It follows the broker being hit with a forced commission disclosure order
A motion tabled in Parliament last week (24 March 2022) has called for the FCA to require its regulated entities to disclose all “commissions, remuneration, other fees and excessive costs associated with property insurance premiums paid by the leaseholders”.
The motion, tabled by Peter Bottomley, also named the dispute over fees disclosure between Manchester-based broker Reich Insurance Group its employer, Canary Riverside Estate Management (CREM) and property management firm Octagon.
The First-tier Tribunal of the Property Chamber hit Reich with a forced commission disclosure order earlier this month following more than two years of litigation between leaseholders at Canary Riverside and billionaire property magnate Yiannakis ‘John’ Christodoulou, who controls CREM and Octagon.
The early day motion tabled in Parliament asked the FCA to note “the unfair delays and unnecessary costs” required of leaseholders during this dispute. It also asked the government to “make sure leaseholders are given details without having to apply for the information or go to the tribunal”.
In its recent Dear CEO letter, the FCA expressed concerns about hidden remuneration and ordered companies to consider fairness to leaseholders in their value reviews. It has also previously warned brokers that fees charged should represent fair value.
Earlier this month Reich told Insurance Times that it intended to fully comply with the tribunal’s order, as it would with any court ruling.
Chief executive Simon Taylor said: “As a business, we are only ever interested in adhering completely to the rulings of any legal authority and, of course, to our regulator, the FCA.”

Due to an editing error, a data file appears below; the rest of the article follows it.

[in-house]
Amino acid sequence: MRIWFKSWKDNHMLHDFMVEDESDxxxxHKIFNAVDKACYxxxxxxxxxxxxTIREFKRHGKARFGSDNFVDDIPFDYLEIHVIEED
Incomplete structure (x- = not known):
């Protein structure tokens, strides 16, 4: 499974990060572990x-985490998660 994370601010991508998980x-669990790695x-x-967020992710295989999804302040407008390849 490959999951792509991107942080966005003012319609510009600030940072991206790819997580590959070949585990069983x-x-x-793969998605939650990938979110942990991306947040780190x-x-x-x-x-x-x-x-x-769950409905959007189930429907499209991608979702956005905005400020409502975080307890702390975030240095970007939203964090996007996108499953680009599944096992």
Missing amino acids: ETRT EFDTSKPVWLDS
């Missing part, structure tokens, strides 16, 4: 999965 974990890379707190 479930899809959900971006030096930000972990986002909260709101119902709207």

Since the tribunal ruling, however, Leasehold Knowledge Partnership has reported on a similar dispute between Reich and the residents’ association for Canary Riverside’s sister property, One West India Quay, also owned by Christodoulou.
Insurance Times has seen correspondence between Reich and the residents’ association of West India Quay in which the broker refuses to comply with a request to disclose fees, instead requesting that the leaseholders contact Christodoulou, the freeholder.
In a statement, a representative of West India Quay’s association said: “This is deplorable conduct, especially in light of the Canary Riverside case, where Reich has been at the receiving end of disclosure orders.”
There has been no tribunal decision in this case as the residents are seeking to avoid costly legal fees where possible.
When asked to comment on the dispute at One West India Quay, Reich told Insurance Times: “Suffice to say we have complied with all requests for information in accordance with our legal and regulatory duties and will continue to do so.”
James Dart, managing director of FCA compliance consultancy Dart Compliance, said: “One result from the [Canary Riverside] case and the government ordered enquiry could be to give leaseholders the right to receive commission details, where commissions are paid to third parties by the broker.”
The motion tabled in Parliament could represent the beginning of a move to legislate for this requirement.
Martin Boyd, chair of campaigning charity Leasehold Knowledge Partnership, said: “The FCA has known since 2005 that the vast majority of leaseholders are wrongly excluded from their consumer rights on leasehold buildings insurance.
“It is utterly illogical that people paying for their insurance have no rights under the insurance and have no right to know the amount of profit on that insurance.
“The All-Party Parliamentary Group on Leasehold and Commonhold Reform is meeting the FCA next week and we will be demanding greater transparency, lower costs and increased consumer control.”
Insurance Times has contacted the FCA for comment.